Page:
Most Windows 7 computers come with a similar list of fonts that are installed on them by default, and this is the list of fonts from which Microsoft Word 2010 will pull the fonts that are available for use in that program.
If you want to install a new font, then you can follow the instructions in this article. But, over time and due to differences between different computers, your list of fonts will start to look different than the list of fonts that someone else has on their computer.
While this is not a problem if you are using common Word 2010 fonts, like Arial, Times New Roman or Calibri, it can be problematic if you are using a font that someone else might not have.
If you are working on a Word 2010 document and using an uncommon font, then Word 2010 will replace that font with something else on someone’s computer that does not have the font.
If that font is crucial to the appearance of your document, then it is important to learn how to embed fonts in Word 2010 files. This will ensure that the font is passed with the file, allowing another person to view and edit with that font, even if they haven’t installed it.
If you need to use a script or handwriting font but can’t find one you like, then our cursive fonts in Word article can show you a couple good options.
Embedding Fonts in Word Documents
A font in a Word document is very important when you are working on something that is primarily visually based, such as a newsletter or flyer. A font can completely change the appearance and tone of a document, and is something that you might spend a few minutes carefully choosing. If you want to ensure that the font remains intact as it is passed to another person on another computer, then it is important to embed your fonts in your Word 2010 files.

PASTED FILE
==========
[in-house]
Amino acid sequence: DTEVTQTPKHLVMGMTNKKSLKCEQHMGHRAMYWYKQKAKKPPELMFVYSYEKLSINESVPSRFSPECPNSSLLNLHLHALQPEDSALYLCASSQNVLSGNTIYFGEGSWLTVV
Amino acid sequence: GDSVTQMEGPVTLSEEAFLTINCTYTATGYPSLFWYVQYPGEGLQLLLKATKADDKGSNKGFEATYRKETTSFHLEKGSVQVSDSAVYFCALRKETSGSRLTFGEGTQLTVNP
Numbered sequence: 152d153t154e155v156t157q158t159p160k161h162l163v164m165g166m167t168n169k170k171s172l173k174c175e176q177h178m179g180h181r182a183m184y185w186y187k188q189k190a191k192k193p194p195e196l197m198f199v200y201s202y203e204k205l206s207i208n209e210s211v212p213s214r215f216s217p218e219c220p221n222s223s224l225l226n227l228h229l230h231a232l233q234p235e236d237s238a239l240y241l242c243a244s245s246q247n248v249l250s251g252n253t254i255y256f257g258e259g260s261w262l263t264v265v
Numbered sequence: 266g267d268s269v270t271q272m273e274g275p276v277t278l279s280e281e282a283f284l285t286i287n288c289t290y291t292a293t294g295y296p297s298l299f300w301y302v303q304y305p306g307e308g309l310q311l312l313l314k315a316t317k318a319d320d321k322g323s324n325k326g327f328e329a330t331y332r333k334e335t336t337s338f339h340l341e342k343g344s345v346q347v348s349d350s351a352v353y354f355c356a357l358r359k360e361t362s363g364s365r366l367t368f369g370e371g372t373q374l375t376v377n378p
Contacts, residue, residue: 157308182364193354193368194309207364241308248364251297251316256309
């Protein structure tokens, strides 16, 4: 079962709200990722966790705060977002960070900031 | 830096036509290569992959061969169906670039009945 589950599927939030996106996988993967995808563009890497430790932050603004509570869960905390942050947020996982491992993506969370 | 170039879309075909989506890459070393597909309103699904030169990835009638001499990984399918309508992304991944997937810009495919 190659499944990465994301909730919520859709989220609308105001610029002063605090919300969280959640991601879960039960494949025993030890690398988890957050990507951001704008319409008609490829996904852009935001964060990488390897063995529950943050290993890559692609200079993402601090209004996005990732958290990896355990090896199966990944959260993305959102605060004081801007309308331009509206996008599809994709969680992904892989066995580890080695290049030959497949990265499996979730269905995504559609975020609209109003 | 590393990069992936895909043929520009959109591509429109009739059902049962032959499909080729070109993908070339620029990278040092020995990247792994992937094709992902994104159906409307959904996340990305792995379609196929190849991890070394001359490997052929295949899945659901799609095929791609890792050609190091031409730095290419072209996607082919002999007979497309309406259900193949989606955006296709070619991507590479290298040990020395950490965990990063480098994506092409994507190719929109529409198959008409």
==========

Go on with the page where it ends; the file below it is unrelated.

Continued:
Step 1: Open Microsoft Word 2010.
Step 2: Click the File tab at the top-left corner of the window, then click Options in the column at the left side of the window.
Step 3: Click Save in the column at the left side of the Word Options window.
Step 4: Check the box to the left of Embed fonts in the file.
You can also choose to check the boxes to the left of Embed only the characters used in the document if you are worried about keeping your file size to a minimum. You can also check the box to the left of Do not embed common system fonts if you only want Word to embed the more exotic fonts that you might use.
Step 5: Click the OK button at the bottom of the window.
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Matthew Burleigh has been writing tech tutorials since 2008. His writing has appeared on dozens of different websites and been read over 50 million times.
After receiving his Bachelor’s and Master’s degrees in Computer Science he spent several years working in IT management for small businesses. However, he now works full time writing content online and creating websites.
His main writing topics include iPhones, Microsoft Office, Google Apps, Android, and Photoshop, but he has also written about many other tech topics as well.